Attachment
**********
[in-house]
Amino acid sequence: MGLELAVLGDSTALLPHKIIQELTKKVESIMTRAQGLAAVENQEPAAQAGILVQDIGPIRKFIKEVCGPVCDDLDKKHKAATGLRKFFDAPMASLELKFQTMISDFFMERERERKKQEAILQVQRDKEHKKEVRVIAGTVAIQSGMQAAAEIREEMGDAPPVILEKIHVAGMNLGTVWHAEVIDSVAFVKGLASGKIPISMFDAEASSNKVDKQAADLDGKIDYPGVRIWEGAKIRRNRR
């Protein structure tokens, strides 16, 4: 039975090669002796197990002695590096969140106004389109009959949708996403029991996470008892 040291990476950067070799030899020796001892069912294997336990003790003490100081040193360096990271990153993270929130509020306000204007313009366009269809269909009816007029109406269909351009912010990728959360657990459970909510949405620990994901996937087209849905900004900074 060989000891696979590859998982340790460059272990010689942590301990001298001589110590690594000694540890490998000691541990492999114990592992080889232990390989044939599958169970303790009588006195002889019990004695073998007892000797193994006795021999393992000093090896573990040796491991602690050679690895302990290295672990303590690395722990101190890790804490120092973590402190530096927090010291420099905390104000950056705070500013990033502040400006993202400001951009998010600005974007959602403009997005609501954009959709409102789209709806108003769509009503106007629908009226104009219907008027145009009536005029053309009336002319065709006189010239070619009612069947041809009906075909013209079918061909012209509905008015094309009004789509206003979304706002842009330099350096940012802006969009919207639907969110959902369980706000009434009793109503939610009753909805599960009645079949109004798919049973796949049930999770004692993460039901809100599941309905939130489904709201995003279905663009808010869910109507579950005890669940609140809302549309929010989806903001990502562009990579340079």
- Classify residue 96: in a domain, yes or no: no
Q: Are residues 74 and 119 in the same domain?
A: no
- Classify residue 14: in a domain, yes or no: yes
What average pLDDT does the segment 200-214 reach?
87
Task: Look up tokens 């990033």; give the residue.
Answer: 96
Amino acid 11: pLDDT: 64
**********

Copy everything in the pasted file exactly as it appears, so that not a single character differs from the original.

[in-house]
Amino acid sequence: MGLELAVLGDSTALLPHKIIQELTKKVESIMTRAQGLAAVENQEPAAQAGILVQDIGPIRKFIKEVCGPVCDDLDKKHKAATGLRKFFDAPMASLELKFQTMISDFFMERERERKKQEAILQVQRDKEHKKEVRVIAGTVAIQSGMQAAAEIREEMGDAPPVILEKIHVAGMNLGTVWHAEVIDSVAFVKGLASGKIPISMFDAEASSNKVDKQAADLDGKIDYPGVRIWEGAKIRRNRR
């Protein structure tokens, strides 16, 4: 039975090669002796197990002695590096969140106004389109009959949708996403029991996470008892 040291990476950067070799030899020796001892069912294997336990003790003490100081040193360096990271990153993270929130509020306000204007313009366009269809269909009816007029109406269909351009912010990728959360657990459970909510949405620990994901996937087209849905900004900074 060989000891696979590859998982340790460059272990010689942590301990001298001589110590690594000694540890490998000691541990492999114990592992080889232990390989044939599958169970303790009588006195002889019990004695073998007892000797193994006795021999393992000093090896573990040796491991602690050679690895302990290295672990303590690395722990101190890790804490120092973590402190530096927090010291420099905390104000950056705070500013990033502040400006993202400001951009998010600005974007959602403009997005609501954009959709409102789209709806108003769509009503106007629908009226104009219907008027145009009536005029053309009336002319065709006189010239070619009612069947041809009906075909013209079918061909012209509905008015094309009004789509206003979304706002842009330099350096940012802006969009919207639907969110959902369980706000009434009793109503939610009753909805599960009645079949109004798919049973796949049930999770004692993460039901809100599941309905939130489904709201995003279905663009808010869910109507579950005890669940609140809302549309929010989806903001990502562009990579340079």
- Classify residue 96: in a domain, yes or no: no
Q: Are residues 74 and 119 in the same domain?
A: no
- Classify residue 14: in a domain, yes or no: yes
What average pLDDT does the segment 200-214 reach?
87
Task: Look up tokens 């990033």; give the residue.
Answer: 96
Amino acid 11: pLDDT: 64